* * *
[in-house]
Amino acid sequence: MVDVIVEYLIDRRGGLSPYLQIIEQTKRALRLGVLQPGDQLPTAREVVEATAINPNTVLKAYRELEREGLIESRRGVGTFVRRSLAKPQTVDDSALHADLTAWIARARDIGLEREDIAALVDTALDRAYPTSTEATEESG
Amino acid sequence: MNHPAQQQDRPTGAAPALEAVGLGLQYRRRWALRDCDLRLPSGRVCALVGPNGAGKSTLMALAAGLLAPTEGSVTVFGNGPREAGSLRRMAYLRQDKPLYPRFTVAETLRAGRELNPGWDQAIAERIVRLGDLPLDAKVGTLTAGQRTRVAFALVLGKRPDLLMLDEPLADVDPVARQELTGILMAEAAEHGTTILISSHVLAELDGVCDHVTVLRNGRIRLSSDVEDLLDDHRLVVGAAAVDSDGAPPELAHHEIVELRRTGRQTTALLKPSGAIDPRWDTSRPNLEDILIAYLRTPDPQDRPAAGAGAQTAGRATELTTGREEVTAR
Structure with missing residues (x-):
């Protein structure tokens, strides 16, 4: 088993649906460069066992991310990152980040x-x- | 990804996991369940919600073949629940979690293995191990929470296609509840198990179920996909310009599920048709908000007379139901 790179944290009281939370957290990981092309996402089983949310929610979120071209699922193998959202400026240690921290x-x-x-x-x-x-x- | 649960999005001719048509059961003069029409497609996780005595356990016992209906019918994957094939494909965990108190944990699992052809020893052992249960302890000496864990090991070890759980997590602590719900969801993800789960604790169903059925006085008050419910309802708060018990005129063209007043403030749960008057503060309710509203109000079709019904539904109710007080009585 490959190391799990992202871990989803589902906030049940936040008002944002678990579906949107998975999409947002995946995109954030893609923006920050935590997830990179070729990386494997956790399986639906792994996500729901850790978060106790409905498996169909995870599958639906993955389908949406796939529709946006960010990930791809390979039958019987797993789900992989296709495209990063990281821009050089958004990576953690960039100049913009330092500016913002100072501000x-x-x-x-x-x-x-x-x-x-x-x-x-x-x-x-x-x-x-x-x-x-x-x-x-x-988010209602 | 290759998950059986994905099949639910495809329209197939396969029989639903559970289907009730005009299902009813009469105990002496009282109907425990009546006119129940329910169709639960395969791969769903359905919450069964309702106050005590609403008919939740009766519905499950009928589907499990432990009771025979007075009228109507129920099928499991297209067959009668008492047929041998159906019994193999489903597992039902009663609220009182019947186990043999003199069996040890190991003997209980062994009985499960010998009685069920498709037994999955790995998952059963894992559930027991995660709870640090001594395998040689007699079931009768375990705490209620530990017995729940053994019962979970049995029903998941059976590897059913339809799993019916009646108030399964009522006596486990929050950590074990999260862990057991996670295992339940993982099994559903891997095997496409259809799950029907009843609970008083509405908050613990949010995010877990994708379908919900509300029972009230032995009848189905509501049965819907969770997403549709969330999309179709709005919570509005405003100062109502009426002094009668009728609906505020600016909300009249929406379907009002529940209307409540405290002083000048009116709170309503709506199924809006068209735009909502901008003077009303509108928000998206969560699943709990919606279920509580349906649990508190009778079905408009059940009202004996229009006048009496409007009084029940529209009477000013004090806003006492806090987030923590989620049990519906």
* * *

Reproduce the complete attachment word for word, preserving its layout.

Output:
[in-house]
Amino acid sequence: MVDVIVEYLIDRRGGLSPYLQIIEQTKRALRLGVLQPGDQLPTAREVVEATAINPNTVLKAYRELEREGLIESRRGVGTFVRRSLAKPQTVDDSALHADLTAWIARARDIGLEREDIAALVDTALDRAYPTSTEATEESG
Amino acid sequence: MNHPAQQQDRPTGAAPALEAVGLGLQYRRRWALRDCDLRLPSGRVCALVGPNGAGKSTLMALAAGLLAPTEGSVTVFGNGPREAGSLRRMAYLRQDKPLYPRFTVAETLRAGRELNPGWDQAIAERIVRLGDLPLDAKVGTLTAGQRTRVAFALVLGKRPDLLMLDEPLADVDPVARQELTGILMAEAAEHGTTILISSHVLAELDGVCDHVTVLRNGRIRLSSDVEDLLDDHRLVVGAAAVDSDGAPPELAHHEIVELRRTGRQTTALLKPSGAIDPRWDTSRPNLEDILIAYLRTPDPQDRPAAGAGAQTAGRATELTTGREEVTAR
Structure with missing residues (x-):
């Protein structure tokens, strides 16, 4: 088993649906460069066992991310990152980040x-x- | 990804996991369940919600073949629940979690293995191990929470296609509840198990179920996909310009599920048709908000007379139901 790179944290009281939370957290990981092309996402089983949310929610979120071209699922193998959202400026240690921290x-x-x-x-x-x-x- | 649960999005001719048509059961003069029409497609996780005595356990016992209906019918994957094939494909965990108190944990699992052809020893052992249960302890000496864990090991070890759980997590602590719900969801993800789960604790169903059925006085008050419910309802708060018990005129063209007043403030749960008057503060309710509203109000079709019904539904109710007080009585 490959190391799990992202871990989803589902906030049940936040008002944002678990579906949107998975999409947002995946995109954030893609923006920050935590997830990179070729990386494997956790399986639906792994996500729901850790978060106790409905498996169909995870599958639906993955389908949406796939529709946006960010990930791809390979039958019987797993789900992989296709495209990063990281821009050089958004990576953690960039100049913009330092500016913002100072501000x-x-x-x-x-x-x-x-x-x-x-x-x-x-x-x-x-x-x-x-x-x-x-x-x-x-988010209602 | 290759998950059986994905099949639910495809329209197939396969029989639903559970289907009730005009299902009813009469105990002496009282109907425990009546006119129940329910169709639960395969791969769903359905919450069964309702106050005590609403008919939740009766519905499950009928589907499990432990009771025979007075009228109507129920099928499991297209067959009668008492047929041998159906019994193999489903597992039902009663609220009182019947186990043999003199069996040890190991003997209980062994009985499960010998009685069920498709037994999955790995998952059963894992559930027991995660709870640090001594395998040689007699079931009768375990705490209620530990017995729940053994019962979970049995029903998941059976590897059913339809799993019916009646108030399964009522006596486990929050950590074990999260862990057991996670295992339940993982099994559903891997095997496409259809799950029907009843609970008083509405908050613990949010995010877990994708379908919900509300029972009230032995009848189905509501049965819907969770997403549709969330999309179709709005919570509005405003100062109502009426002094009668009728609906505020600016909300009249929406379907009002529940209307409540405290002083000048009116709170309503709506199924809006068209735009909502901008003077009303509108928000998206969560699943709990919606279920509580349906649990508190009778079905408009059940009202004996229009006048009496409007009084029940529209009477000013004090806003006492806090987030923590989620049990519906």